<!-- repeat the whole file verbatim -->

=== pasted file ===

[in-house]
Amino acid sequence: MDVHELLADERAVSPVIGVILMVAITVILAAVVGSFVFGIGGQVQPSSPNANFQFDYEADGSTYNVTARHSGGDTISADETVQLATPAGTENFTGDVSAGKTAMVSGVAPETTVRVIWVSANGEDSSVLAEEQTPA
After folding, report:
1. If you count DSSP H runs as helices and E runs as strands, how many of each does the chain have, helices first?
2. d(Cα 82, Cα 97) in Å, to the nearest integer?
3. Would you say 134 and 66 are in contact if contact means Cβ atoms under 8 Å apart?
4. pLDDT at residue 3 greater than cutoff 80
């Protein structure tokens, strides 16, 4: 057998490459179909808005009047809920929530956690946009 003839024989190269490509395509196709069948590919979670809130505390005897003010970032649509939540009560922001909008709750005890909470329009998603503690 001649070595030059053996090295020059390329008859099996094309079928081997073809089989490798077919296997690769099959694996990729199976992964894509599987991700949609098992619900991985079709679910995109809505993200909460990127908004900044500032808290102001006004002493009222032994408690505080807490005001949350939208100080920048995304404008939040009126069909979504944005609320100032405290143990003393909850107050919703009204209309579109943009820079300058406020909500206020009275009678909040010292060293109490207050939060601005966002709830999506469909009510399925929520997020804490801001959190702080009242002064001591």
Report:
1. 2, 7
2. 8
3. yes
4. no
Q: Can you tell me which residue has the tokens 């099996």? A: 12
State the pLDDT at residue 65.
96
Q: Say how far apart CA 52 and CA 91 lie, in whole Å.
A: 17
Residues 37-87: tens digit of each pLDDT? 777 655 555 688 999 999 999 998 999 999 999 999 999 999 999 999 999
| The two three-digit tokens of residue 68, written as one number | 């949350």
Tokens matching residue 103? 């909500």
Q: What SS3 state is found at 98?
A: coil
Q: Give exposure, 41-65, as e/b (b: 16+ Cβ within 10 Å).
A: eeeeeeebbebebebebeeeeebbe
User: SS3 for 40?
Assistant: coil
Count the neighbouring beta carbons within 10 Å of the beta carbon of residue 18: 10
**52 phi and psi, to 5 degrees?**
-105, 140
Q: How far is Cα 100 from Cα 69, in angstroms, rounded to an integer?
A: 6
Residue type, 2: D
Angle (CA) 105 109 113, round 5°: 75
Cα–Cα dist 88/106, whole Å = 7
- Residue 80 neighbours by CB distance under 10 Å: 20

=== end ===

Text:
[in-house]
Amino acid sequence: MDVHELLADERAVSPVIGVILMVAITVILAAVVGSFVFGIGGQVQPSSPNANFQFDYEADGSTYNVTARHSGGDTISADETVQLATPAGTENFTGDVSAGKTAMVSGVAPETTVRVIWVSANGEDSSVLAEEQTPA
After folding, report:
1. If you count DSSP H runs as helices and E runs as strands, how many of each does the chain have, helices first?
2. d(Cα 82, Cα 97) in Å, to the nearest integer?
3. Would you say 134 and 66 are in contact if contact means Cβ atoms under 8 Å apart?
4. pLDDT at residue 3 greater than cutoff 80
């Protein structure tokens, strides 16, 4: 057998490459179909808005009047809920929530956690946009 003839024989190269490509395509196709069948590919979670809130505390005897003010970032649509939540009560922001909008709750005890909470329009998603503690 001649070595030059053996090295020059390329008859099996094309079928081997073809089989490798077919296997690769099959694996990729199976992964894509599987991700949609098992619900991985079709679910995109809505993200909460990127908004900044500032808290102001006004002493009222032994408690505080807490005001949350939208100080920048995304404008939040009126069909979504944005609320100032405290143990003393909850107050919703009204209309579109943009820079300058406020909500206020009275009678909040010292060293109490207050939060601005966002709830999506469909009510399925929520997020804490801001959190702080009242002064001591």
Report:
1. 2, 7
2. 8
3. yes
4. no
Q: Can you tell me which residue has the tokens 């099996």? A: 12
State the pLDDT at residue 65.
96
Q: Say how far apart CA 52 and CA 91 lie, in whole Å.
A: 17
Residues 37-87: tens digit of each pLDDT? 777 655 555 688 999 999 999 998 999 999 999 999 999 999 999 999 999
| The two three-digit tokens of residue 68, written as one number | 């949350």
Tokens matching residue 103? 């909500």
Q: What SS3 state is found at 98?
A: coil
Q: Give exposure, 41-65, as e/b (b: 16+ Cβ within 10 Å).
A: eeeeeeebbebebebebeeeeebbe
User: SS3 for 40?
Assistant: coil
Count the neighbouring beta carbons within 10 Å of the beta carbon of residue 18: 10
**52 phi and psi, to 5 degrees?**
-105, 140
Q: How far is Cα 100 from Cα 69, in angstroms, rounded to an integer?
A: 6
Residue type, 2: D
Angle (CA) 105 109 113, round 5°: 75
Cα–Cα dist 88/106, whole Å = 7
- Residue 80 neighbours by CB distance under 10 Å: 20